Thursday, March 1, 2012

When a Man Crosses a River

Years ago I heard this old saying, which goes, "When a man crosses a river, the man ends up not the same as he used to be, and so does the river."

To me it means that every journey changes you, which is true no matter whether you are a man, a woman, or as this saying goes, the road itself.

It was based on this idea that I designed the landscape of Beit Halochem, back in the days I worked as an architect. I gave a lot of thought to the person moving along every path across the site, what she sees, what changes around her with every step, how her mood is affected, how a transition occurs, a transition from the soaring lines of unusual geometry in the building, to an echo of this geometry in the land around it, to a faint echo, finally overcome by the softening, rounding hand of nature, around the far fringes of the site.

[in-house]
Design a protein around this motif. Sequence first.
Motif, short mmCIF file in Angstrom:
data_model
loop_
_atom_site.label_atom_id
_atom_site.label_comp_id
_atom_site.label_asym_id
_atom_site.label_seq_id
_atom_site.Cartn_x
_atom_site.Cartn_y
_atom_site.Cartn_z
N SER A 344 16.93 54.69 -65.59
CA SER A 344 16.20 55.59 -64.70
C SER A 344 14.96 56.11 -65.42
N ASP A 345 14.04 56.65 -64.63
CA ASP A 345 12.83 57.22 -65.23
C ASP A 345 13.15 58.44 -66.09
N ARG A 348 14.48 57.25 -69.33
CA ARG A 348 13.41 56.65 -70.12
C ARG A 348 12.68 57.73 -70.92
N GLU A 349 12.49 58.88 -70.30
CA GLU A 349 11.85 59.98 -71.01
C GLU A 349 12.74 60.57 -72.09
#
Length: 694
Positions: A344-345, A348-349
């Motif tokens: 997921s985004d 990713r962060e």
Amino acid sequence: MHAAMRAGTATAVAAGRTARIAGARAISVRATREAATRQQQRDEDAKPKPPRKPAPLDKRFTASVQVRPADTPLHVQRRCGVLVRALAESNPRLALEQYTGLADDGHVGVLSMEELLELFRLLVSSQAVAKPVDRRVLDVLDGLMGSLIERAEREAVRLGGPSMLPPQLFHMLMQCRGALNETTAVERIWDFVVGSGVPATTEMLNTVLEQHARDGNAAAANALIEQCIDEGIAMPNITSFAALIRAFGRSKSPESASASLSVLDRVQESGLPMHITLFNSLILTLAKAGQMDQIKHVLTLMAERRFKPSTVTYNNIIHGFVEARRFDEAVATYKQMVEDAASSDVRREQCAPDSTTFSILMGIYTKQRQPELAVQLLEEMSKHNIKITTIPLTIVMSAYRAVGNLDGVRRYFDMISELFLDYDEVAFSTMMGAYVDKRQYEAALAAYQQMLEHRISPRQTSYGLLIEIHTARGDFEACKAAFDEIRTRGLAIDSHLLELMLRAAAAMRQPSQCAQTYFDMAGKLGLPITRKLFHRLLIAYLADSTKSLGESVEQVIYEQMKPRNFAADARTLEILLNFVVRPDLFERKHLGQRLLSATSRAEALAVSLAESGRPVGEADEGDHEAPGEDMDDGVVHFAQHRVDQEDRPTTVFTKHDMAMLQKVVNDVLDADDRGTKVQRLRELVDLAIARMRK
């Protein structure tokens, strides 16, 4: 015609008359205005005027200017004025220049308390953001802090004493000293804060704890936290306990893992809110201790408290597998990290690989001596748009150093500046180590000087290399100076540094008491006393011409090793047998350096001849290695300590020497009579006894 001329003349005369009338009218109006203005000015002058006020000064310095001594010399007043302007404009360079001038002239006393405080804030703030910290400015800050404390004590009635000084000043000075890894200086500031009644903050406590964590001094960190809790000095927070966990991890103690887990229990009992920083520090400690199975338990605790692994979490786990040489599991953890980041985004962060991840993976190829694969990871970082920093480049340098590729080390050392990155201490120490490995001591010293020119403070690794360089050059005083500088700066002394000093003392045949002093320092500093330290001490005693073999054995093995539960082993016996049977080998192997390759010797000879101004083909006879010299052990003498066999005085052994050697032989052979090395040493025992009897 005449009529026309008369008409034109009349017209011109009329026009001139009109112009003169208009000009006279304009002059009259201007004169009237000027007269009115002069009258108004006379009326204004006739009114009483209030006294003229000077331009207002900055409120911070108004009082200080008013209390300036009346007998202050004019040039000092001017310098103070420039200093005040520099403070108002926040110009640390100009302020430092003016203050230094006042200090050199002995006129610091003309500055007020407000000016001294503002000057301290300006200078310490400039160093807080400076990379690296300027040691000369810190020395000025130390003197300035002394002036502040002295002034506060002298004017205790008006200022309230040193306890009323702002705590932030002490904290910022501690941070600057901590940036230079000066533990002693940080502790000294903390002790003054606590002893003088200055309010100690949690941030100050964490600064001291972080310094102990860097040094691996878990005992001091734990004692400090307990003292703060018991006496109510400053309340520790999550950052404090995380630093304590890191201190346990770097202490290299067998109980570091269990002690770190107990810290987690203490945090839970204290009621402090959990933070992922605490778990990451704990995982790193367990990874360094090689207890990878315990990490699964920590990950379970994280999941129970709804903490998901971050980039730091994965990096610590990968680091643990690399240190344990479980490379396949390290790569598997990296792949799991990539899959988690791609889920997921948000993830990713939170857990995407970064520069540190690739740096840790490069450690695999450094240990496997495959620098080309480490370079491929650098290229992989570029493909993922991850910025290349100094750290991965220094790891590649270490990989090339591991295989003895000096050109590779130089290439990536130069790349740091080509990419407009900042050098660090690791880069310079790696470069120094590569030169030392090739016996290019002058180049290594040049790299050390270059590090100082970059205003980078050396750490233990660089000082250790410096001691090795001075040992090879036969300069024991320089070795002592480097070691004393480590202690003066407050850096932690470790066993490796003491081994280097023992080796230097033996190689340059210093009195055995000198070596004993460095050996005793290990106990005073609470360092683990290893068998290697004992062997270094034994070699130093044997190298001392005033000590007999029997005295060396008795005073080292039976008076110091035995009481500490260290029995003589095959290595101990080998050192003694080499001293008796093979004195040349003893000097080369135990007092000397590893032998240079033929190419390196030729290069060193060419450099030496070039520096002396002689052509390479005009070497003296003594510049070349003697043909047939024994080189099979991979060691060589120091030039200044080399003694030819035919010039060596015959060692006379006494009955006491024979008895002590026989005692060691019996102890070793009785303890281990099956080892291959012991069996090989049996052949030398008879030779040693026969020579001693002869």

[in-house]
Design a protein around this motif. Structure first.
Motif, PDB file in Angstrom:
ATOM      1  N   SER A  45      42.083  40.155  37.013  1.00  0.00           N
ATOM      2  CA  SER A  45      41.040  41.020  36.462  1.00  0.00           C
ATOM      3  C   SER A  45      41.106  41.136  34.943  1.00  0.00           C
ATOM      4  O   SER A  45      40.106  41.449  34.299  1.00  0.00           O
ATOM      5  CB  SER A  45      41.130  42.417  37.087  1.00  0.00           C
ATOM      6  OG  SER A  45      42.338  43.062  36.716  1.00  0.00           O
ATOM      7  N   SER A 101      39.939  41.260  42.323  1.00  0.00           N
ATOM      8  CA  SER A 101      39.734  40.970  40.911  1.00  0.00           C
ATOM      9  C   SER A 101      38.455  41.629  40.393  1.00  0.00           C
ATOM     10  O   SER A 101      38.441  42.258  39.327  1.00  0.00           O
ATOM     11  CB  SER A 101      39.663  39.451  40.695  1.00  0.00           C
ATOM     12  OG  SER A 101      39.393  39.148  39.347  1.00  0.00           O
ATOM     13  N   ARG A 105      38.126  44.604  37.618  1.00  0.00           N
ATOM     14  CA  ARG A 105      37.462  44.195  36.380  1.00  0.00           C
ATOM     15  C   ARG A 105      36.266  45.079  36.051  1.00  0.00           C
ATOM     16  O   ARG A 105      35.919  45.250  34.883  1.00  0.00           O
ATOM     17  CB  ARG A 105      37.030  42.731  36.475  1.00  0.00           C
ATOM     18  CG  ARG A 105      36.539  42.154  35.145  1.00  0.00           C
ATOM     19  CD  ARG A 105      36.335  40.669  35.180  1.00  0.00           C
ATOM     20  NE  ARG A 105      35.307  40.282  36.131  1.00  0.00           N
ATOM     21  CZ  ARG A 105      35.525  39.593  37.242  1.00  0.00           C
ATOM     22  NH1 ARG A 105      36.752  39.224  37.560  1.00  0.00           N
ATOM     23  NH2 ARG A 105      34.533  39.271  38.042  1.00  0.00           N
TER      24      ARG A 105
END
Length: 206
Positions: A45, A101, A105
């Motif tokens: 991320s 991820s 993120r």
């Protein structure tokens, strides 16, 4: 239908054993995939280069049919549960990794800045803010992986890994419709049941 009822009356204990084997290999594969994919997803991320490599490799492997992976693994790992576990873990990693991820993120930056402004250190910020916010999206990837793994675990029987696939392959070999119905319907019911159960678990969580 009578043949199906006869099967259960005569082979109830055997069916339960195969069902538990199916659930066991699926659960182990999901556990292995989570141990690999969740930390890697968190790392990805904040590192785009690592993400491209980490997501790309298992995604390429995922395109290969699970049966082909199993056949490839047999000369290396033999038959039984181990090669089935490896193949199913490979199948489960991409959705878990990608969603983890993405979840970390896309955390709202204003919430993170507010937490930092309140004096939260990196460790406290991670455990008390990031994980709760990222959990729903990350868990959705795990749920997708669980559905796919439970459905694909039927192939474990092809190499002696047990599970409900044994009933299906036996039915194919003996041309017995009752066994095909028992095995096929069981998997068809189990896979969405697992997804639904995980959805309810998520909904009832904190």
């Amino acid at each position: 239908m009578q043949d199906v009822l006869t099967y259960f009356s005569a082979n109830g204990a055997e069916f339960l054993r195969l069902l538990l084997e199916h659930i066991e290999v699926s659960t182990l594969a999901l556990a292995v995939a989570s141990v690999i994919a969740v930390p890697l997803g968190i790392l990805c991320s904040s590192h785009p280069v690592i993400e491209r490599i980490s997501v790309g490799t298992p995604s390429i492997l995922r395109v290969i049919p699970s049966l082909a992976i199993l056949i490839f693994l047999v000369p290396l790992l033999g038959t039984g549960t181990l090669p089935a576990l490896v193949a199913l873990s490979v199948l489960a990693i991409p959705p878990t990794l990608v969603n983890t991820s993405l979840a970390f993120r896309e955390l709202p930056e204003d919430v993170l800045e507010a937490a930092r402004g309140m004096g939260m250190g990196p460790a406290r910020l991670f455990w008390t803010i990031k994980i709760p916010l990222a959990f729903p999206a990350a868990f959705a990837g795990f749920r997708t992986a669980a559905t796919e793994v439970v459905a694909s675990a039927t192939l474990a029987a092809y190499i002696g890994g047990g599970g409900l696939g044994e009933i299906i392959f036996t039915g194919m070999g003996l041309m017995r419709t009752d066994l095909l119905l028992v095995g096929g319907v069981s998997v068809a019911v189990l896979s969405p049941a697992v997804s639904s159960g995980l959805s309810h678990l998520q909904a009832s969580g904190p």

Here is a model of Beit Halochem, designed by the architect David Yanai:

And here are some freehand sketches of my vision for how it would sit against the slope of the Carmel mountain. This was my plan for the entire site:

And here, a few sketches of this and that spot in the site:


  1. Hi Uvi, so correct. The same is true with encountering people, each one leaves a dent of many sizes. You leave a large dent with people who learn to know you. I am happy I had this opportunity.


  2. Thank you Tirza for your kind and thoughtful words.

  3. You are a magnificent artist, Uvi! I'm into color so adore the top image... It actually reminds me of my mind when I'm in the middle of writing a complex plot for one of my novels. :-)

    Like the person and the road, I agree with Tirza that you do, indeed, leave a huge impression with your artistic gifts.

    Hugs - Betty Dravis